We were sent home, with instructions to give her pain killers, and keep an eye on her over the weekend. Well, the weekend has passed. She's no worse off, but she's not much better either. No walking, just balancing on that right foot and left toe. Crawling, once again.

The story's not over yet. We're still watching and waiting.

But I am reminded of Mattias' first week walking. He had – he HAS – this strange habit of letting his tongue hang out of his mouth. The first week he was walking, he fell. His two little teeth on top and his two little teeth on bottom? They bit through his tongue. His tongue wasn't completely severed, it was just a tongue with a big slice in the middle of it. There was a lot of blood. We took our first ever trip to the emergency room. Somehow, his tongue grew back together. But I always wonder if his love of spicy food is related to this incident.

When I was just walking as a baby, I fell on some concrete and took the brunt of the fall on my face. My mother swears there was a large piece of flesh missing from the tip of my nose. On the up side, it grew back; on the down side, I still have a rather sizable nose.

I'm hopeful that the end of Trixie's leg/foot tale will have an unremarkable conclusion. 

Tuesday, April 8, 2014

Spätzle. Party.

This weekend, Fritz had some colleagues over for a Spätzle Party. Never heard of a Spätzle Party? Me neither, I think it was totally his own invention. Spätzle is basically german noodles: flour, water, eggs - um, I think that's it. There are different regional methods for making spätzle. Fritz made Bavarian spätzle, his colleague made Swabish spätzle. Both were very good. I suggest wikipedia if you want to know more about spätzle.

What I was actually thinking about, however, was more the party and less the spätzle. Every time we have people over, it feels like a really big deal. Seriously, this party was on Sunday and we spent the whole weekend cleaning. By the time the party began I wasn't just tired, I was a little annoyed thinking about all the things that didn't happen because we'd been in party prep mode all weekend. I wish I could just shrug it off, let people into our house in all its messy glory. I do shrug off the mess – somewhat – with the neighbors. But parties feel like they need more formalization, thus the cleaning. Also, there were other people cooking in the kitchen, so cleaning out the fridge and the spice cabinet seemed important.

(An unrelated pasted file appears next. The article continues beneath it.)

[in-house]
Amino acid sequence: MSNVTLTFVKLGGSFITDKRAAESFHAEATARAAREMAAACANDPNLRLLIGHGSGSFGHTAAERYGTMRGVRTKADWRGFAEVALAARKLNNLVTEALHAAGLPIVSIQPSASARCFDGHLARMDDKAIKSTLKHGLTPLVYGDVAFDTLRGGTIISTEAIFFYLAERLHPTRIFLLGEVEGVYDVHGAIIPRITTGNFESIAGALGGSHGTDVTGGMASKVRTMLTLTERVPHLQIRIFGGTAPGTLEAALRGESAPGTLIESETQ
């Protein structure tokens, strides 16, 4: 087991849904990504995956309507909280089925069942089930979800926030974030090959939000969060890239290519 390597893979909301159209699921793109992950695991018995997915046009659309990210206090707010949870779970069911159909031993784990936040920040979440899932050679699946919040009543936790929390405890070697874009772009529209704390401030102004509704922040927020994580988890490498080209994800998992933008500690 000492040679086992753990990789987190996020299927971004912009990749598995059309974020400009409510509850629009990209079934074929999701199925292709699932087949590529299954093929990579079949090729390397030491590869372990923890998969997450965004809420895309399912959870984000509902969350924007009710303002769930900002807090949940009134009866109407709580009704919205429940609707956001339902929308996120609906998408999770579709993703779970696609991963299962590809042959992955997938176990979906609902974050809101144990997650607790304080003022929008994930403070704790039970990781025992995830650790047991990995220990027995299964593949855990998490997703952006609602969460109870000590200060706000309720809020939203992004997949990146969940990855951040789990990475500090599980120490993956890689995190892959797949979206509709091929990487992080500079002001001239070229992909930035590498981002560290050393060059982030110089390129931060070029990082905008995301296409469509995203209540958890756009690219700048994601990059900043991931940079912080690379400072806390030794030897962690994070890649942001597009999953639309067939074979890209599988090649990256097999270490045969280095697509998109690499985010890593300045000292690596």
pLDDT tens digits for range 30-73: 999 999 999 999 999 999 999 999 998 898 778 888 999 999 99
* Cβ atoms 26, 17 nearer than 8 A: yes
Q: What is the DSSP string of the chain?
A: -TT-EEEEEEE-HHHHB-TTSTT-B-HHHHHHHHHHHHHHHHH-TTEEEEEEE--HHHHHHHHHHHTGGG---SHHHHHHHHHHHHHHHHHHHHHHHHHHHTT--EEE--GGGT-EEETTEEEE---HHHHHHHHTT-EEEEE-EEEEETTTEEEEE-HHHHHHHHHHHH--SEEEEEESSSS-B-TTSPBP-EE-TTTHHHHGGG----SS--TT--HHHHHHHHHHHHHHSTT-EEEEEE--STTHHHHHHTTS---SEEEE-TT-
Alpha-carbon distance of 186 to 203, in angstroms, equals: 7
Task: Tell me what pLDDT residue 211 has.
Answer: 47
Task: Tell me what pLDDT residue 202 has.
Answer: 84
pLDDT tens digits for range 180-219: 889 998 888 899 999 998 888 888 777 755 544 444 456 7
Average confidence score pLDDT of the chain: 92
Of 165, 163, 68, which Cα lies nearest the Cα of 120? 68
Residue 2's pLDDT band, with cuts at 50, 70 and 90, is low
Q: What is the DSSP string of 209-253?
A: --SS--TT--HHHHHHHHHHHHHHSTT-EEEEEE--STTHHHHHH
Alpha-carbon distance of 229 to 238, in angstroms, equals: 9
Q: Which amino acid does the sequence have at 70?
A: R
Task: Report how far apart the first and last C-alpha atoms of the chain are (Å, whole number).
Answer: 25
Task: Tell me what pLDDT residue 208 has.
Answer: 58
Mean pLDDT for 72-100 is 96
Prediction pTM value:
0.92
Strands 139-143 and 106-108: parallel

Once, when we had a few family friends over, shortly after Trixie was born, they were really impressed by how clean the house was. These families were generally younger and smaller. And I think our clean house almost scared them. Something about the situation, or the way their comments were expressed, caused me to think in retrospect that they thought our house ALWAYS looked like that. And strangely, neither Fritz nor I felt like it was appropriate at the time to say, "No! We spent all day cleaning!" But we did. I just want to confess: we ALWAYS spend at least all day cleaning if we have a party/planned event. I'm really looking forward to the time when this is not the case. The question is: do I need to learn to relax about the state of the house? Or is my fussing legitimate and it will be less of an issue as the kids get older?

Thursday, April 3, 2014

Real (Estate) Improvements

Last night, I dreamt that I found a pair of realtors walking around inside our (fenced-in) yard. They wanted to know if we wanted to sell our house. This is not entirely far from reality, as lately I've been approached twice by realtors while gardening in front of the house. I guess the available housing inventory in our neighborhood is pretty low. Still, it was strange to dream about it.

I've come a long way since August of last year, when I was ready to move. This week, we signed a purchase agreement for solar panels, which makes me all sorts of happy. Also, my aunt is helping us put in a new, more xeriscape street lawn grass at the end of May. I love planning things to do! I love the anticipation! Having plans really keeps my spirits up. Of course, if there's anything we're learning, it's that the trouble is when it comes to actually EXECUTING said plans. Fortunately, on the solar panels, someone else is installing them for us, so we can at least be certain that in the not-so-distant-future, there WILL BE solar panels.